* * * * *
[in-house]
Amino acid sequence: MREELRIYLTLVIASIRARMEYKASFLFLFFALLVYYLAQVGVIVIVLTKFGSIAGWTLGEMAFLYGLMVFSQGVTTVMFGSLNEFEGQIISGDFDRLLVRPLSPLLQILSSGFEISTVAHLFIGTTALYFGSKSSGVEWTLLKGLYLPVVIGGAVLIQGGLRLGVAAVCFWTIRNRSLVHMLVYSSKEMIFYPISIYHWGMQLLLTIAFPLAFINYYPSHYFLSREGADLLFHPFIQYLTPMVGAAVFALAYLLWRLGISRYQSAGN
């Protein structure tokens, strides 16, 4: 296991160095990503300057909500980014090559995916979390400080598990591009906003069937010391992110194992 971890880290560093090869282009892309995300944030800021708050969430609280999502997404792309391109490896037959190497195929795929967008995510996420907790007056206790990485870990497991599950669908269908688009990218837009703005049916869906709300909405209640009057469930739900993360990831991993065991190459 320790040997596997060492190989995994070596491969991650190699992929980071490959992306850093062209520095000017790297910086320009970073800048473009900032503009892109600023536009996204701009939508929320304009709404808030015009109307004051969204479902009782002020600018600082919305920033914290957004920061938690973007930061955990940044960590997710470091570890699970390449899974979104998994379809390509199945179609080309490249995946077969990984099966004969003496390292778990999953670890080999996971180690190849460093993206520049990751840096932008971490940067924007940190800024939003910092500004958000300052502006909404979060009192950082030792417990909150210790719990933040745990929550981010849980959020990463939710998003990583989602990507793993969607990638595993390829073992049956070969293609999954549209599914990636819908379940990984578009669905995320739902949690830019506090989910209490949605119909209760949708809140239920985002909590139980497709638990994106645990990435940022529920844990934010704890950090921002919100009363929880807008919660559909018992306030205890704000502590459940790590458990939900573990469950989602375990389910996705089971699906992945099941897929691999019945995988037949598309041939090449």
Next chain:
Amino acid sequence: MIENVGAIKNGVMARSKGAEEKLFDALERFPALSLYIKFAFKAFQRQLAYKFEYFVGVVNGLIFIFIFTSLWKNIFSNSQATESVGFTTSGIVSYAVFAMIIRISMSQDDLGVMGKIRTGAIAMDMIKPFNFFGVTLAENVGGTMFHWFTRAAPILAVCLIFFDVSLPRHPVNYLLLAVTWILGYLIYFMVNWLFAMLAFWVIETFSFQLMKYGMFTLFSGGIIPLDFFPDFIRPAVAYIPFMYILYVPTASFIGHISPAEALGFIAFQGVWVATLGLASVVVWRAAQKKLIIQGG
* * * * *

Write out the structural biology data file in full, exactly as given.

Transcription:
[in-house]
Amino acid sequence: MREELRIYLTLVIASIRARMEYKASFLFLFFALLVYYLAQVGVIVIVLTKFGSIAGWTLGEMAFLYGLMVFSQGVTTVMFGSLNEFEGQIISGDFDRLLVRPLSPLLQILSSGFEISTVAHLFIGTTALYFGSKSSGVEWTLLKGLYLPVVIGGAVLIQGGLRLGVAAVCFWTIRNRSLVHMLVYSSKEMIFYPISIYHWGMQLLLTIAFPLAFINYYPSHYFLSREGADLLFHPFIQYLTPMVGAAVFALAYLLWRLGISRYQSAGN
């Protein structure tokens, strides 16, 4: 296991160095990503300057909500980014090559995916979390400080598990591009906003069937010391992110194992 971890880290560093090869282009892309995300944030800021708050969430609280999502997404792309391109490896037959190497195929795929967008995510996420907790007056206790990485870990497991599950669908269908688009990218837009703005049916869906709300909405209640009057469930739900993360990831991993065991190459 320790040997596997060492190989995994070596491969991650190699992929980071490959992306850093062209520095000017790297910086320009970073800048473009900032503009892109600023536009996204701009939508929320304009709404808030015009109307004051969204479902009782002020600018600082919305920033914290957004920061938690973007930061955990940044960590997710470091570890699970390449899974979104998994379809390509199945179609080309490249995946077969990984099966004969003496390292778990999953670890080999996971180690190849460093993206520049990751840096932008971490940067924007940190800024939003910092500004958000300052502006909404979060009192950082030792417990909150210790719990933040745990929550981010849980959020990463939710998003990583989602990507793993969607990638595993390829073992049956070969293609999954549209599914990636819908379940990984578009669905995320739902949690830019506090989910209490949605119909209760949708809140239920985002909590139980497709638990994106645990990435940022529920844990934010704890950090921002919100009363929880807008919660559909018992306030205890704000502590459940790590458990939900573990469950989602375990389910996705089971699906992945099941897929691999019945995988037949598309041939090449």
Next chain:
Amino acid sequence: MIENVGAIKNGVMARSKGAEEKLFDALERFPALSLYIKFAFKAFQRQLAYKFEYFVGVVNGLIFIFIFTSLWKNIFSNSQATESVGFTTSGIVSYAVFAMIIRISMSQDDLGVMGKIRTGAIAMDMIKPFNFFGVTLAENVGGTMFHWFTRAAPILAVCLIFFDVSLPRHPVNYLLLAVTWILGYLIYFMVNWLFAMLAFWVIETFSFQLMKYGMFTLFSGGIIPLDFFPDFIRPAVAYIPFMYILYVPTASFIGHISPAEALGFIAFQGVWVATLGLASVVVWRAAQKKLIIQGG